It might seem like an obvious place to start.
What playwright doesn’t write, at least at some level, from their own personal lived experience? It’s a lesson I’ve heard over and over again: write what you know, so the words seem authentic and full.
For me, writing from a place that I’m familiar with is a source of great pleasure. I’d even go so far to say that it’s the reason I’m compelled to write.
My favourite thing in the world is hearing stories from my friends and family – stories so starkly real that no writer could come up with them on their own.
Hearing personal tidbits that range from quirky to hilarious to heartbreaking makes my brain light up with wonder and empathy: like listening to my friend recount the time her teenage nemesis spilt butter chicken on her camping chair at a Scouts jamboree; or hearing a story from my Mum about a great aunt who spent all the money from next year’s crop on lavish parties and dresses for her daughter.
These tales possess a magic that utterly captivates me.
So I burrow them away like a bowerbird, jotting them down in my latest notebook, just so I can pore over them later, and maybe embed them like magic jewels into the plays that I write.
Memory is the other place I begin.
I love to shape my own memories into new stories. Being able to write and re-write your own past is both nostalgic and cathartic. I love to twist together my own re-imagined past with the treasured stories given to me by my family and friends.
I’ve done this in Blueberry Play, which played as part of Batch Festival at Griffin Theatre Company this April and returns again in the Red Line Underground season at the Old Fitzroy.
The play is a monologue from the perspective of a 17-year-old girl whose coming of age is shaped by her father suffering bipolar disorder and prostate cancer. It explores growing up when a parent is struggling with both mental and physical illness, and it’s set in a familiar but unnamed regional town in New South Wales.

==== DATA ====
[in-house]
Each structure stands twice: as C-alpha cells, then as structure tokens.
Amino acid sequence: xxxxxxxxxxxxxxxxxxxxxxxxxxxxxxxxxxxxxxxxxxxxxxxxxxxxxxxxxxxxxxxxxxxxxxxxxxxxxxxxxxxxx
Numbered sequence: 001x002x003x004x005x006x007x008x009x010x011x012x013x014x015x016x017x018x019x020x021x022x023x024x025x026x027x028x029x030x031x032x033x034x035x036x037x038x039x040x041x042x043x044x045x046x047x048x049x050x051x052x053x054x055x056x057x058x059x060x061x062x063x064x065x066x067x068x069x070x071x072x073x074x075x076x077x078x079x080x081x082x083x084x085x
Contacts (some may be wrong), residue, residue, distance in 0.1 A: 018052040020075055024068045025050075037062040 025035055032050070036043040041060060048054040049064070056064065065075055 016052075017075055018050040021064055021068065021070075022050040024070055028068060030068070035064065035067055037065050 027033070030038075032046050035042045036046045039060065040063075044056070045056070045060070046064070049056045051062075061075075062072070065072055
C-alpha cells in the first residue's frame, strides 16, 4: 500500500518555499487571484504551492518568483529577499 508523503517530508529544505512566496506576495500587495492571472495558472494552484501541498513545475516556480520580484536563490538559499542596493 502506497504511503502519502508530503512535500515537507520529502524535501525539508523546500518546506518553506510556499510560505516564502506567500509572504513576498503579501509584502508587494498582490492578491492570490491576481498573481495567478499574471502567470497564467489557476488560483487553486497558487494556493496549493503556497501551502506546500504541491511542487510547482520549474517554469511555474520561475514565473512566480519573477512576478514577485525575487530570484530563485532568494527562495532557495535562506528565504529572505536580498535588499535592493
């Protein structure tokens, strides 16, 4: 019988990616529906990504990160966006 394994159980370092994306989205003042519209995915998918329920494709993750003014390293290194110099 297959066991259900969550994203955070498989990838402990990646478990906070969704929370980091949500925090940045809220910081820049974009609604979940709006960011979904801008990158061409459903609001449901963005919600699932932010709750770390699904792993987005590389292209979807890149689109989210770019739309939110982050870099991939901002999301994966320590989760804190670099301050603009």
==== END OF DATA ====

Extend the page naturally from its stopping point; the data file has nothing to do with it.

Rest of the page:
I drew strongly on my memories of being a teenage girl growing up in Newcastle. Blueberry Girl is a character experiencing an overwhelming numbness because of the impact her dad’s illness is having on her formative years. This stemmed from my own experiences at that age. I felt a similar numbness in my late adolescence, as I suffered from an eating disorder.
The way the illness shaped my teenage years is something I explore indirectly through the monologue. I still find that time very difficult to talk about explicitly in my playwriting.
And, in a way that I wasn’t totally conscious of until much later, the stories I’d heard from my boyfriend’s experiences wove their way deeply into the heart of the play. His father has been living with a dual diagnosis of bipolar disorder and cancer.
Blueberry Play came together in a kind of alchemical way, and the writing of it let me reconcile my own experiences with those of someone I love. The way my own ideas and memories combine with those I have heard first-hand to create a new play is mysterious and magical.
Writing from the heart is more than a cliché or a buzzword. It’s the act of accessing a secret place in your head, swimming around in it, and finding a release valve so it flows onto the page.